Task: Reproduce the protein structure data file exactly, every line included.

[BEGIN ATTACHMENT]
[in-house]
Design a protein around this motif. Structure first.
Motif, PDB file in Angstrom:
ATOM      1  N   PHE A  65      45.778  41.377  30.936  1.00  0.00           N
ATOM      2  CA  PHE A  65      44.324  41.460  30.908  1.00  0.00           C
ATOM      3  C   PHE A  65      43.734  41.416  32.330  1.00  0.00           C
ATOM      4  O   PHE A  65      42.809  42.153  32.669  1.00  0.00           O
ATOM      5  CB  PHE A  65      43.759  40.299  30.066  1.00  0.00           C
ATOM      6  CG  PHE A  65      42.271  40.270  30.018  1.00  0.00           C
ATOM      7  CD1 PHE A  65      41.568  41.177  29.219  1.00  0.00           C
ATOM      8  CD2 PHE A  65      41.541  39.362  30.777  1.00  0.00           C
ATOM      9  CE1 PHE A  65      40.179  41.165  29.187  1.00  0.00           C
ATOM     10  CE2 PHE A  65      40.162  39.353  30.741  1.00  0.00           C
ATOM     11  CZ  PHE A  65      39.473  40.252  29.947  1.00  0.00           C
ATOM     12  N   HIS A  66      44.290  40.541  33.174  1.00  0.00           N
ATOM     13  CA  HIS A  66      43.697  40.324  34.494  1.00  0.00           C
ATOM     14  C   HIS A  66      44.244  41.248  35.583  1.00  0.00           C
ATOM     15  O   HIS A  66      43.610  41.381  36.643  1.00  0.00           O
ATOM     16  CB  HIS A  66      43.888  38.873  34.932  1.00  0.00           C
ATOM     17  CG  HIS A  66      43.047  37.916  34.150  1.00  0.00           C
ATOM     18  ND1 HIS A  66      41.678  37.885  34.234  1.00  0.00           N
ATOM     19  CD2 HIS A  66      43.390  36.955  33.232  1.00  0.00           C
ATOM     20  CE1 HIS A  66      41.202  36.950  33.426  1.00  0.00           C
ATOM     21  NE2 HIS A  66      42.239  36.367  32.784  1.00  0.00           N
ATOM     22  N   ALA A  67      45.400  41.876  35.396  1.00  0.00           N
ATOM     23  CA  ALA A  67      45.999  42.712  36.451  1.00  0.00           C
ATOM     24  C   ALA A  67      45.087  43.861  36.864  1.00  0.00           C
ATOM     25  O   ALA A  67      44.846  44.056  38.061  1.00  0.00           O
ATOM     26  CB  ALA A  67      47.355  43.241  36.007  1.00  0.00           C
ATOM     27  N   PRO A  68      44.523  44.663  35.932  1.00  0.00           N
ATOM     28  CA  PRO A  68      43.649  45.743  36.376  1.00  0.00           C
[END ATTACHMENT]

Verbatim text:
[in-house]
Design a protein around this motif. Structure first.
Motif, PDB file in Angstrom:
ATOM      1  N   PHE A  65      45.778  41.377  30.936  1.00  0.00           N
ATOM      2  CA  PHE A  65      44.324  41.460  30.908  1.00  0.00           C
ATOM      3  C   PHE A  65      43.734  41.416  32.330  1.00  0.00           C
ATOM      4  O   PHE A  65      42.809  42.153  32.669  1.00  0.00           O
ATOM      5  CB  PHE A  65      43.759  40.299  30.066  1.00  0.00           C
ATOM      6  CG  PHE A  65      42.271  40.270  30.018  1.00  0.00           C
ATOM      7  CD1 PHE A  65      41.568  41.177  29.219  1.00  0.00           C
ATOM      8  CD2 PHE A  65      41.541  39.362  30.777  1.00  0.00           C
ATOM      9  CE1 PHE A  65      40.179  41.165  29.187  1.00  0.00           C
ATOM     10  CE2 PHE A  65      40.162  39.353  30.741  1.00  0.00           C
ATOM     11  CZ  PHE A  65      39.473  40.252  29.947  1.00  0.00           C
ATOM     12  N   HIS A  66      44.290  40.541  33.174  1.00  0.00           N
ATOM     13  CA  HIS A  66      43.697  40.324  34.494  1.00  0.00           C
ATOM     14  C   HIS A  66      44.244  41.248  35.583  1.00  0.00           C
ATOM     15  O   HIS A  66      43.610  41.381  36.643  1.00  0.00           O
ATOM     16  CB  HIS A  66      43.888  38.873  34.932  1.00  0.00           C
ATOM     17  CG  HIS A  66      43.047  37.916  34.150  1.00  0.00           C
ATOM     18  ND1 HIS A  66      41.678  37.885  34.234  1.00  0.00           N
ATOM     19  CD2 HIS A  66      43.390  36.955  33.232  1.00  0.00           C
ATOM     20  CE1 HIS A  66      41.202  36.950  33.426  1.00  0.00           C
ATOM     21  NE2 HIS A  66      42.239  36.367  32.784  1.00  0.00           N
ATOM     22  N   ALA A  67      45.400  41.876  35.396  1.00  0.00           N
ATOM     23  CA  ALA A  67      45.999  42.712  36.451  1.00  0.00           C
ATOM     24  C   ALA A  67      45.087  43.861  36.864  1.00  0.00           C
ATOM     25  O   ALA A  67      44.846  44.056  38.061  1.00  0.00           O
ATOM     26  CB  ALA A  67      47.355  43.241  36.007  1.00  0.00           C
ATOM     27  N   PRO A  68      44.523  44.663  35.932  1.00  0.00           N
ATOM     28  CA  PRO A  68      43.649  45.743  36.376  1.00  0.00           C